In 2014, the solar industry added more jobs than oil and gas — 50 percent more jobs, in fact, than either the oil and gas pipeline construction industry or the crude oil and natural gas extraction industry. And that trend continued last year, with solar adding more jobs than oil and gas in 2015 as well. Shouldn’t we be supporting industries that are growing rather than ones that are dying? Donald Trump says he wants to help the American worker. The truth is that if NAFTA was repealed today, the jobs that went to Mexico 20 years ago aren’t coming back no matter how much Trump bellows and blusters.
The Promise Of Renewable Energy
What American workers need is not an effort to turn back the clock and recreate some mythical time in the nation’s history. What’s needed is a commitment to make renewable energy the basis of American prosperity. Many unions are offering training programs to show unemployed coal miners how to find work building the infrastructure for clean, renewable energy. More money is needed to support programs like that instead of wishing Conestoga wagons were still traversing the prairie American west.
Trump is peddling promises as thin as gossamer but desperate people cling to them because they see no alternative. Here is the question of the hour. Who will have any jobs at all when climate change uproots millions of people and makes them into refugees? What will be left of our vaunted economy when New York, Los Angeles, Boston, and much of Florida are underwater? What will our children’s health be like when the air they breath makes them sick and the land they live on is rife with pollutants?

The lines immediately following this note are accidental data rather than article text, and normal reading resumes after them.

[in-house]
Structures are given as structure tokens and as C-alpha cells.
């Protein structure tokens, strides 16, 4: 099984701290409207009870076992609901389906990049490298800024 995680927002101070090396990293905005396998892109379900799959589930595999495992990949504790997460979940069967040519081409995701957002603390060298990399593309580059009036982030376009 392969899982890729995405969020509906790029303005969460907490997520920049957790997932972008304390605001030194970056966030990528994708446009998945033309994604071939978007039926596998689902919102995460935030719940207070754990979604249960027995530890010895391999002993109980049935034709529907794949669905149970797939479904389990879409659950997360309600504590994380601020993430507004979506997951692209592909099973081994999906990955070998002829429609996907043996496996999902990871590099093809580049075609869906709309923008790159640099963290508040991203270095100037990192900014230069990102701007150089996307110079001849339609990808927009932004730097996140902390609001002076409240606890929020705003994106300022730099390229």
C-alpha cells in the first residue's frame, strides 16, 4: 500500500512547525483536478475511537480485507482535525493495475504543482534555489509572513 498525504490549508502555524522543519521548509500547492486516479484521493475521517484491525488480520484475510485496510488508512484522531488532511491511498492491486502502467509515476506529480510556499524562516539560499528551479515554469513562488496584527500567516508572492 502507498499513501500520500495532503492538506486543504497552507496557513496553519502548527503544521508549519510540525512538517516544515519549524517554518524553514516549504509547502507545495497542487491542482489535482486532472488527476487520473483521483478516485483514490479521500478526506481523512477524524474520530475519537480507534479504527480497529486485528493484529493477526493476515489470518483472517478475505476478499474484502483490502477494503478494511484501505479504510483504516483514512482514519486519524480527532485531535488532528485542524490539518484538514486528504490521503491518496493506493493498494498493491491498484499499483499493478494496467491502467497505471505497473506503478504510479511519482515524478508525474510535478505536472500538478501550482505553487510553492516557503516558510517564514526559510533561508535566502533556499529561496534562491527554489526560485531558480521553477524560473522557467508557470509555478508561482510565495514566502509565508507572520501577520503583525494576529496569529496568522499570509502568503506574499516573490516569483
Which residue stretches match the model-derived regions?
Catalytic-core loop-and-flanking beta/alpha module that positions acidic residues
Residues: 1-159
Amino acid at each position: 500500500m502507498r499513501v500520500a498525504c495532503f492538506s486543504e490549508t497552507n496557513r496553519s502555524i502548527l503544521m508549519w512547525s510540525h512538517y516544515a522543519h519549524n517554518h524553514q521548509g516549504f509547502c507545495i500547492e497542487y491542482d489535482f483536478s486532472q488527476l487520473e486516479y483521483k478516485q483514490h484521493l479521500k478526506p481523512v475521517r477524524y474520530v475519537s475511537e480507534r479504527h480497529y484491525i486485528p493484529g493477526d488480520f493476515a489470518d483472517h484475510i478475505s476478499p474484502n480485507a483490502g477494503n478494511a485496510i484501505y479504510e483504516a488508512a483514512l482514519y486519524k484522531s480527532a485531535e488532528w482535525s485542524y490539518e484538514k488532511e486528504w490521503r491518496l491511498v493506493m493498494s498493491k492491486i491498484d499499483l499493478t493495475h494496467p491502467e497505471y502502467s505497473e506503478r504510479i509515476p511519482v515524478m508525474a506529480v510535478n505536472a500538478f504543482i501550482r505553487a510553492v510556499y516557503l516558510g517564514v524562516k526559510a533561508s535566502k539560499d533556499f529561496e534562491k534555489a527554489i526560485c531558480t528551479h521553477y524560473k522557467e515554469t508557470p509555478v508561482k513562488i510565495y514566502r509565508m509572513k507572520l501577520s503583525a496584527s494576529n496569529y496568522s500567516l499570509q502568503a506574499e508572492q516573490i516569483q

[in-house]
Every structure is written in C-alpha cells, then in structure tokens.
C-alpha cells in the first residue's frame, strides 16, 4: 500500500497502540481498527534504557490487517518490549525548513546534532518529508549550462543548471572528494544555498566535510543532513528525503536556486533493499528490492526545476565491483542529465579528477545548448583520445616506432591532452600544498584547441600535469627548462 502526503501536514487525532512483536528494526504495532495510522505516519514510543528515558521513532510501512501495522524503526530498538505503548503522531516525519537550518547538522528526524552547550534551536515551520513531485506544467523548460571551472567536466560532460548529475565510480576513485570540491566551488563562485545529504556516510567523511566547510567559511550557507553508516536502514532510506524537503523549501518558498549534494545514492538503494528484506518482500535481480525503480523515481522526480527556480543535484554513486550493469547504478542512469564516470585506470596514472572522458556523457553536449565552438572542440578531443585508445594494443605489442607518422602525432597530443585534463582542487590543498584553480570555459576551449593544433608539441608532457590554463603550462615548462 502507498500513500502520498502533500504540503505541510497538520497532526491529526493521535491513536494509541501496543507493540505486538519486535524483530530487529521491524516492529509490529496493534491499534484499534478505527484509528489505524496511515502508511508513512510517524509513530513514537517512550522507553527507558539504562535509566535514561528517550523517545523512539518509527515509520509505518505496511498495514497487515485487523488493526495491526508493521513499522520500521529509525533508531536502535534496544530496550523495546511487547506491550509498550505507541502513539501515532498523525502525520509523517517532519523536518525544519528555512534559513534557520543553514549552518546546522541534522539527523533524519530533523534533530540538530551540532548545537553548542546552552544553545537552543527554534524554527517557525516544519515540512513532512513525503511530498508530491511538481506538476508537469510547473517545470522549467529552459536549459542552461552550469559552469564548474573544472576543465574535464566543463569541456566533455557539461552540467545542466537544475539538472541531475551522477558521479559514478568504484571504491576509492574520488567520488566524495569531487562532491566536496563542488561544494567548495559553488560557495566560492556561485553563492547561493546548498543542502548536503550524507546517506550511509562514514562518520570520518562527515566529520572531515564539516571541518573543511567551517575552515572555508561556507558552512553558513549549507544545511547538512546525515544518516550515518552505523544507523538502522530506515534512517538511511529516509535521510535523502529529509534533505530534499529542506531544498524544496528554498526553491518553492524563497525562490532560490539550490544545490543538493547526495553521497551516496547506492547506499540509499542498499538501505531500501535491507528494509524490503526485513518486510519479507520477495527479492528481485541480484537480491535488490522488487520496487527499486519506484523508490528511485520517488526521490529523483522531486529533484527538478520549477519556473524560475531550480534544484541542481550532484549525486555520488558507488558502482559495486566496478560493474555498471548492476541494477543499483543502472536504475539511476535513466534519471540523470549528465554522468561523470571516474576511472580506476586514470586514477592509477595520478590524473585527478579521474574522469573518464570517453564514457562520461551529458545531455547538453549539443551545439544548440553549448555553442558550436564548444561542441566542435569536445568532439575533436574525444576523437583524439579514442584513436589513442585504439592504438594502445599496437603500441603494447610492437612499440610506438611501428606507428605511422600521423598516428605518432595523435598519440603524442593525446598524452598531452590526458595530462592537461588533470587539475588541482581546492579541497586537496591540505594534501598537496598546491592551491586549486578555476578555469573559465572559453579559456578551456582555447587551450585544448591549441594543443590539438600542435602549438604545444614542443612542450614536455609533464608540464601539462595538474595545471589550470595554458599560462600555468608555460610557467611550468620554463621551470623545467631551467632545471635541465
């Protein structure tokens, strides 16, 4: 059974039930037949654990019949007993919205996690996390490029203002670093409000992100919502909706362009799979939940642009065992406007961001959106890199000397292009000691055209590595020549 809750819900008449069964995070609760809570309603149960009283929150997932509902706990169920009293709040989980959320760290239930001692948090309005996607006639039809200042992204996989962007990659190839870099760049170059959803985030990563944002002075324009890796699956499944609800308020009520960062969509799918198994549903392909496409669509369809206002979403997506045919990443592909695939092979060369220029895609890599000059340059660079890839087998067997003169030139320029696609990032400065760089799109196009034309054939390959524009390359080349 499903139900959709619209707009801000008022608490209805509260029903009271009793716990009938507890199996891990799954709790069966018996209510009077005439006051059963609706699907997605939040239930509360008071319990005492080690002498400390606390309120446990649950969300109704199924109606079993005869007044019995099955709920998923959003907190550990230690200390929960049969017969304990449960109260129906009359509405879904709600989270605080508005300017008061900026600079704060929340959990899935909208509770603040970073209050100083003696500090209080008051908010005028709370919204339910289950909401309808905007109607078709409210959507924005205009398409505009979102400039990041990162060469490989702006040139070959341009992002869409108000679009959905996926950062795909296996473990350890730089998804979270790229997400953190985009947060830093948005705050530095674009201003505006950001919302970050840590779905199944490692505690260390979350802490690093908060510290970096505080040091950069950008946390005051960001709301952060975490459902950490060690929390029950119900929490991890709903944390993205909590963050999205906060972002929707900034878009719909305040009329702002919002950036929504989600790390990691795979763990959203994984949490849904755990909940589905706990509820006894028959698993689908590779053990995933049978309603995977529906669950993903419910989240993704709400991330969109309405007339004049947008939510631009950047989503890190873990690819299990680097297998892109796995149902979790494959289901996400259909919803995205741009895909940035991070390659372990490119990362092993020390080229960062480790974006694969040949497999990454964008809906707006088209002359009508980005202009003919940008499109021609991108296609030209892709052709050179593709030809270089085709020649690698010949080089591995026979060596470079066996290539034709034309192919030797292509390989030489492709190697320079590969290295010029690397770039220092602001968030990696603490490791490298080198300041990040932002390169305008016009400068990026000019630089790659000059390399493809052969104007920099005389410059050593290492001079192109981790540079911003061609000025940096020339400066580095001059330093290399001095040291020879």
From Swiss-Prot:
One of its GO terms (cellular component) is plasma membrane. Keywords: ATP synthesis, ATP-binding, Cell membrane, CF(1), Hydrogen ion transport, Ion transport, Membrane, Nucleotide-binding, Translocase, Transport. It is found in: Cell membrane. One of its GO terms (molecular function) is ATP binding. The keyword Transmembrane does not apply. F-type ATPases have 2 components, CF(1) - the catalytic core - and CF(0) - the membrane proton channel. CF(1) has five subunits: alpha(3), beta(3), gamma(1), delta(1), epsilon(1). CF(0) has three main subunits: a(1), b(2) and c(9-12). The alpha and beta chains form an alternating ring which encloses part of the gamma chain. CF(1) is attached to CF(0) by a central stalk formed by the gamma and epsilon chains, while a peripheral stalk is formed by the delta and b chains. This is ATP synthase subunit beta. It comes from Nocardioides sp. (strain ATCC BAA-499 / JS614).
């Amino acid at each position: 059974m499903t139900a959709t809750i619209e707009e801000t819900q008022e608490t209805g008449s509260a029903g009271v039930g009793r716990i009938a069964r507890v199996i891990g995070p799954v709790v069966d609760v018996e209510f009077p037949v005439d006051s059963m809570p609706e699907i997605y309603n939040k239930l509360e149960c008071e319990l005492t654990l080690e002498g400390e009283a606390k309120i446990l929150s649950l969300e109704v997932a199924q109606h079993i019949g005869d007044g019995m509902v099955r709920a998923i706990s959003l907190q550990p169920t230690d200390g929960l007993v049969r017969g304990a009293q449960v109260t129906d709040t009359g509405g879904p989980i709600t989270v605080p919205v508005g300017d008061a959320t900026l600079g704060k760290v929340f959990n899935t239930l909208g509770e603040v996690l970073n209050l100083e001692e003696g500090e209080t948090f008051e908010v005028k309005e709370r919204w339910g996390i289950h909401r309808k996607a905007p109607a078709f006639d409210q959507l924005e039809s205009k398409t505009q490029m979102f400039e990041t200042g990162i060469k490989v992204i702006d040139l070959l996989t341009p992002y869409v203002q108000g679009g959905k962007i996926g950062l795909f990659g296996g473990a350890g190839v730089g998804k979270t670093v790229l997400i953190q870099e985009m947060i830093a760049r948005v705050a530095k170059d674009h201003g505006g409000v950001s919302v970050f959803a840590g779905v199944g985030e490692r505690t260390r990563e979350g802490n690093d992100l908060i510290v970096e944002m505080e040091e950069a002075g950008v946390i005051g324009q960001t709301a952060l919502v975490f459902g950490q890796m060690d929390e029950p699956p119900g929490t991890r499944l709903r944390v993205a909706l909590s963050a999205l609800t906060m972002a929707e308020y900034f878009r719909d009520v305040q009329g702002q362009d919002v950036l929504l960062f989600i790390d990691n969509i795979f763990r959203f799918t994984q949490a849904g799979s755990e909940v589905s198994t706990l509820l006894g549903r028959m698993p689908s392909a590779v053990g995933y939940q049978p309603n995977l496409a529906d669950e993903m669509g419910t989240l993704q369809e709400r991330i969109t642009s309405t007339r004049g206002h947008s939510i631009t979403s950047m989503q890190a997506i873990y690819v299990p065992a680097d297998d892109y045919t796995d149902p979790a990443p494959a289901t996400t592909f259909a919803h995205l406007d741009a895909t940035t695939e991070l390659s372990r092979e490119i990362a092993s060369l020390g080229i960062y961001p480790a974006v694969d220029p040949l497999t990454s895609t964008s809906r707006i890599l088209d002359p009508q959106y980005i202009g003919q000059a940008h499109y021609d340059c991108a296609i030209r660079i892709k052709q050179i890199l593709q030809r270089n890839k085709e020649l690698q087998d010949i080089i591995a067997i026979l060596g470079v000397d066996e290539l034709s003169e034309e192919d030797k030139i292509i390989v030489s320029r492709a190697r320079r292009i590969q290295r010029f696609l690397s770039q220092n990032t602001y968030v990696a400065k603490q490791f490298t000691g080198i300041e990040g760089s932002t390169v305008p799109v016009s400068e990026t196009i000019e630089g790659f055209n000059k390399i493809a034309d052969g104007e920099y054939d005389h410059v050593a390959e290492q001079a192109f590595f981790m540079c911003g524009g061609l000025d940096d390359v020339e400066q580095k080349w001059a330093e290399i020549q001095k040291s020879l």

The Trump Energy Plan
When Trump released his first energy plan back in May, Michael Mann, director of the Earth System Science Center at Pennsylvania State University, said that Trump’s proposed climate policies constitute “an existential threat to this planet.” Nothing has changed since then, except that The Donald has sunk ever further into dementia and denial. Sadly a vote for Trump is not a vote against Hillary; it is a vote against the long term sustainability of planet earth. It is condemning our children and grandchildren to a world in which America is not great but is in fact a laughing stock for all the peoples of the world.
Trump has done an excellent job of stirring up fear — fear of Muslims, fear of Mexicans, fear of people of color, fear of other countries, and fear of immigrants. Franklin Roosevelt tried to calm a nervous population by telling them “We have nothing to fear but fear itself.” Trump has stood that message on its head by telling us we should fear everything and everyone. How embarrassed would our forefathers be if they could see a weak, trembling America afraid of its own shadow. Donald Trump brings out the worst in people when what is needed to meet the challenges of the future is our best.
Accepting Responsibility For Our Actions
John F. Kennedy once wrote, “Let us not seek the Republican answer or the Democratic answer but the right answer. Let us not seek to fix blame for the past. Let us accept our own responsibility for the future.” Trump pounds the lectern and denounces everything about America, calling every political leader since George Washington “a disaster.” He seeks to divide us into factions, not caring that we become weaker when we separate ourselves into discrete groups and learn to hate those who aren’t like us.
Magic realism works well in fiction, but it is not an effective tactic in the real world. When Election Day gets here, please vote responsibly. The earth is depending on you.